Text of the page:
In order to operate my invention, the two hind wheels 17 (shown by dotted lines in Fig. 1) are removed from an ordinary farm-wagon and placed upon the spindles 7 of the shaft 6. The front axle and wheels 18 and 19, respectively, are also removed from the farmwagon and employed to support the front end of the distributor, and with the king-bolt 20 of said front axle the front end of the reach 11 is loosely connected. As far as described the distributer may be drawn about in the manner of an ordinary farm-wagon and taken to any point to be loaded with fertilizer. The wagon is then driven to the field where the fertilizer is to be distributed and the hooks 15 swung out and into engagement with the spokes of the wheels 17, so that the wheels and shaft 6 become rigidly locked together, and the rotations or revolutions of the wheels are communicated to the shaft 6 and the agitating-arms carried thereby. Thus by driving the wagon over the field the fertilizer is distributed by the openings in the hopper to the two rows of plants. The entire load of fertilizer may be thus continuously distributed, an attendant standingin thereceptacle A sleeve 8 is fitted and shoveling or pushing the fertilizer toward the hopper as the contents of the same become exhausted. v

From the foregoing description it will be seen that I provide a machine for eifectually distributing any of the various kinds of fertilizer, which machine consists of .very few parts, is the embodiment of simplicity, and is designed to be employed in connection with the running-gear of an ordinary farm-wagon, with which every farmer is necessarily provided. By the great capacity of the receptacle, as compared with that of the hopper of an ordinary distributer, it will be seen that I eifect a great saving in time and labor, in that there is no reloading or transferring from the wagon for hauling the fertilizer to the distributing-machine and that the entire load is continuously fed until exhausted.

In addition to the functions of a fertilizerdistributer, the device may be employed as a planter, it being particularly well adapted for the planting of cotton-seed.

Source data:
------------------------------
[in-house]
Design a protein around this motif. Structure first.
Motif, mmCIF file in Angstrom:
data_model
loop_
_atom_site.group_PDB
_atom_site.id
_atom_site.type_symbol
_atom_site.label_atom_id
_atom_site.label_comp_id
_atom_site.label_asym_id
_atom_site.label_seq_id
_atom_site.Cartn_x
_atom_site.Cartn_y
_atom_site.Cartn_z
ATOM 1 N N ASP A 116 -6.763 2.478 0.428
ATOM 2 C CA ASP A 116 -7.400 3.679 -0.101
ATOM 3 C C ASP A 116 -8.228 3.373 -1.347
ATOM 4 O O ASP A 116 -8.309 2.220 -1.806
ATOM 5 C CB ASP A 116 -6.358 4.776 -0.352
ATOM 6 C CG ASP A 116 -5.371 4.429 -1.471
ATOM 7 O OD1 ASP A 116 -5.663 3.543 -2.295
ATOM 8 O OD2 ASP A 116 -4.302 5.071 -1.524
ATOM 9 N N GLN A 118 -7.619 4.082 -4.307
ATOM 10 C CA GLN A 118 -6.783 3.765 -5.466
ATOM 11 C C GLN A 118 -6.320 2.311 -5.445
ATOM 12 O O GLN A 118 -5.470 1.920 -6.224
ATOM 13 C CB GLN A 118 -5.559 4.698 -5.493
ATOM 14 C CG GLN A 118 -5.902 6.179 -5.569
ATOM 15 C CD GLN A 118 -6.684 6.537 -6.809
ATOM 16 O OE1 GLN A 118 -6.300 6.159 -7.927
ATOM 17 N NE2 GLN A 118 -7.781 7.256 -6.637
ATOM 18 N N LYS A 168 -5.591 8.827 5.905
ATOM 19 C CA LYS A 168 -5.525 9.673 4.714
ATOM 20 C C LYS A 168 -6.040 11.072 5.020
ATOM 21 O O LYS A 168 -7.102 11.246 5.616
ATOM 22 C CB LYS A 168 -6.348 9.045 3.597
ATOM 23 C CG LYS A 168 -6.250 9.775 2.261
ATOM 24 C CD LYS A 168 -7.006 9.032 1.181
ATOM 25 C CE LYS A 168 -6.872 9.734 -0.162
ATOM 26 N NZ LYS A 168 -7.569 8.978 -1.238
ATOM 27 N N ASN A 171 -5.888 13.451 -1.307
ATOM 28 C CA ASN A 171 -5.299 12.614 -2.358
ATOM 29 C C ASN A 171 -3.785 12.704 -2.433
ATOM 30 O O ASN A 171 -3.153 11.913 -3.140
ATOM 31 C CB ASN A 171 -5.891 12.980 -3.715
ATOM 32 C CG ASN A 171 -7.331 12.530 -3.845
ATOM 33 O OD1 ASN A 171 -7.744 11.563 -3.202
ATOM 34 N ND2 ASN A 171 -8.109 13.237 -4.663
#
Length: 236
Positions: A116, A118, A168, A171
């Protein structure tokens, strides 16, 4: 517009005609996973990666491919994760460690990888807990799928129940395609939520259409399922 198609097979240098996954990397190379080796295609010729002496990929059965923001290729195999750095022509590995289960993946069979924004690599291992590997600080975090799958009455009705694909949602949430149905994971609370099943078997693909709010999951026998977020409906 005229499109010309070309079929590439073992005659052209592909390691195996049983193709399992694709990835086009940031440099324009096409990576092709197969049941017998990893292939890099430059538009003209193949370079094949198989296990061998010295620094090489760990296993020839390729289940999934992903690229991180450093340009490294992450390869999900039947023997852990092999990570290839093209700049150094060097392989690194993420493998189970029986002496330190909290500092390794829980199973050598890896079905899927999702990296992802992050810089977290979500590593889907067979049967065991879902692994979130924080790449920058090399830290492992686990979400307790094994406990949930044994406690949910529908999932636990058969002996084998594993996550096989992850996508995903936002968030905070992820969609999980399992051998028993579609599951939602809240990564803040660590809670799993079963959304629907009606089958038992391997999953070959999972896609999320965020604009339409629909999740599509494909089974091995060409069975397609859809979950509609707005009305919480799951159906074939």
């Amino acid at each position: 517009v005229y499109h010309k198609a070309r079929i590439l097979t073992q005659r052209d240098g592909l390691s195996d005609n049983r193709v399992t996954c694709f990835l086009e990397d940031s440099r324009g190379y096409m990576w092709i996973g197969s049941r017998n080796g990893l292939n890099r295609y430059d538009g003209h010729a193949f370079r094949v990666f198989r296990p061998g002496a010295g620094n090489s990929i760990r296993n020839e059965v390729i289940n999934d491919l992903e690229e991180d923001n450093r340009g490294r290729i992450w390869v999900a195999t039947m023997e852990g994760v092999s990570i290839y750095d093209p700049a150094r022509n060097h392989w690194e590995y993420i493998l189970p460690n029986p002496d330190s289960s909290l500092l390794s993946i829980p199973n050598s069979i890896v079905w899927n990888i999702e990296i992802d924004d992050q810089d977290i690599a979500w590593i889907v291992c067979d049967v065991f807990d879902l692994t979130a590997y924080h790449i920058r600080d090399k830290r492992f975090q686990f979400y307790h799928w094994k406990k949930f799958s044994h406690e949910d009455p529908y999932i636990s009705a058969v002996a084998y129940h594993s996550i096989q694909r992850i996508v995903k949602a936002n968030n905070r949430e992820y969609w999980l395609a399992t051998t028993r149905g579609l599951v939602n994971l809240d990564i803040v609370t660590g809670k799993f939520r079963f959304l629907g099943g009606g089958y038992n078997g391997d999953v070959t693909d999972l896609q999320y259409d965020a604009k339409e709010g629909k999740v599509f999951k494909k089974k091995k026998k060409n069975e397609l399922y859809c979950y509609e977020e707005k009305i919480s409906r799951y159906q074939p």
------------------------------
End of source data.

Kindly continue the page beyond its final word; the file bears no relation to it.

Having described my inventio n,: what I claim is- 1. In a fertilizer-distributer, the combination, with the oblong body constituting a receptacle and provided at its rear end with an opening, and a hopper having feed-openings located under the opening of the receptacle, of a Wheel-receiving shaft journaled in bearings formed in the receptacle and over the hopper,

provided with agitating-arms, means for locking the Wheels reinovably upon the shaft, and a reach located under the receptacle and adapted to be coupled with the front truck of a wagon, substantially as specified.

2. In a fertilizer-distributer, the combination of a body constituting the receptacle and having its bottom near its rear end provided with a transverse opening, a semicircular hopper having openings secured under the opening of the receptacle, bearing-blocks mounted in the opposite ends of the hopper, a transverse shaft mounted in-the bearingblocks and terminating at its outer end in spindles adapted to receive wheels and between its bearings over the hopper provided with agitating-arms, a pair of hooks pivoted at their inner ends to the spindles and adapted to engage the spokes of said wheels a front Wagon-truck for supporting the front end of the receptacle, and a coupling device for connecting the front end of the body with the front truck of a Wagon, substantially as specified.

' In testimony that I claim the foregoing as my own I have hereto affixed my signaturein the presence of two Witnesses.




Referenced by
Citing PatentFiling datePublication dateApplicantTitle
US2684788 *Feb 9, 1950Jul 27, 1954Flex O Lite Mfg CorpBead dispenser
US2952391 *Sep 3, 1958Sep 13, 1960Frick CoIce holder and dispenser
US5427283 *Oct 20, 1993Jun 27, 1995R. E. Whittaker CompanyDispenser for powder or granular material
Cooperative ClassificationA01C15/16